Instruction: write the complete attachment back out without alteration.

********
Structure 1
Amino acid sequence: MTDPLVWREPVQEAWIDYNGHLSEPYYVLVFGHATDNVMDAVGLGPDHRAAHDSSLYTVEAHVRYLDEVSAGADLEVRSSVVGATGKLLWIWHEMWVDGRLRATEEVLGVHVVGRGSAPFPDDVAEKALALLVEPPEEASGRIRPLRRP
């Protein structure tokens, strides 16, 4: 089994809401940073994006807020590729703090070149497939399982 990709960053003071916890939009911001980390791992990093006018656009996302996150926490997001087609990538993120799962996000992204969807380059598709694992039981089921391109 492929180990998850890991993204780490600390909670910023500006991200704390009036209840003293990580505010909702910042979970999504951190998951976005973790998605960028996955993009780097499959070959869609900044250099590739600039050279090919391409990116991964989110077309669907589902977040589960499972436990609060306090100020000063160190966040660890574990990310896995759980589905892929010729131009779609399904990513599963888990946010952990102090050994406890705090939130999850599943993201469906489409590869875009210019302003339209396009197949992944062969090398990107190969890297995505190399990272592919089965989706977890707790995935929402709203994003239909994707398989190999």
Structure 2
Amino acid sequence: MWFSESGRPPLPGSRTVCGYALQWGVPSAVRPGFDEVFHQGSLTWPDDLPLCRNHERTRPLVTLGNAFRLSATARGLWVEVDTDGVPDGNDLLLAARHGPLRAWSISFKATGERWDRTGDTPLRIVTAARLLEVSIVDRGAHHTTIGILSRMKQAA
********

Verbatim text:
Structure 1
Amino acid sequence: MTDPLVWREPVQEAWIDYNGHLSEPYYVLVFGHATDNVMDAVGLGPDHRAAHDSSLYTVEAHVRYLDEVSAGADLEVRSSVVGATGKLLWIWHEMWVDGRLRATEEVLGVHVVGRGSAPFPDDVAEKALALLVEPPEEASGRIRPLRRP
């Protein structure tokens, strides 16, 4: 089994809401940073994006807020590729703090070149497939399982 990709960053003071916890939009911001980390791992990093006018656009996302996150926490997001087609990538993120799962996000992204969807380059598709694992039981089921391109 492929180990998850890991993204780490600390909670910023500006991200704390009036209840003293990580505010909702910042979970999504951190998951976005973790998605960028996955993009780097499959070959869609900044250099590739600039050279090919391409990116991964989110077309669907589902977040589960499972436990609060306090100020000063160190966040660890574990990310896995759980589905892929010729131009779609399904990513599963888990946010952990102090050994406890705090939130999850599943993201469906489409590869875009210019302003339209396009197949992944062969090398990107190969890297995505190399990272592919089965989706977890707790995935929402709203994003239909994707398989190999």
Structure 2
Amino acid sequence: MWFSESGRPPLPGSRTVCGYALQWGVPSAVRPGFDEVFHQGSLTWPDDLPLCRNHERTRPLVTLGNAFRLSATARGLWVEVDTDGVPDGNDLLLAARHGPLRAWSISFKATGERWDRTGDTPLRIVTAARLLEVSIVDRGAHHTTIGILSRMKQAA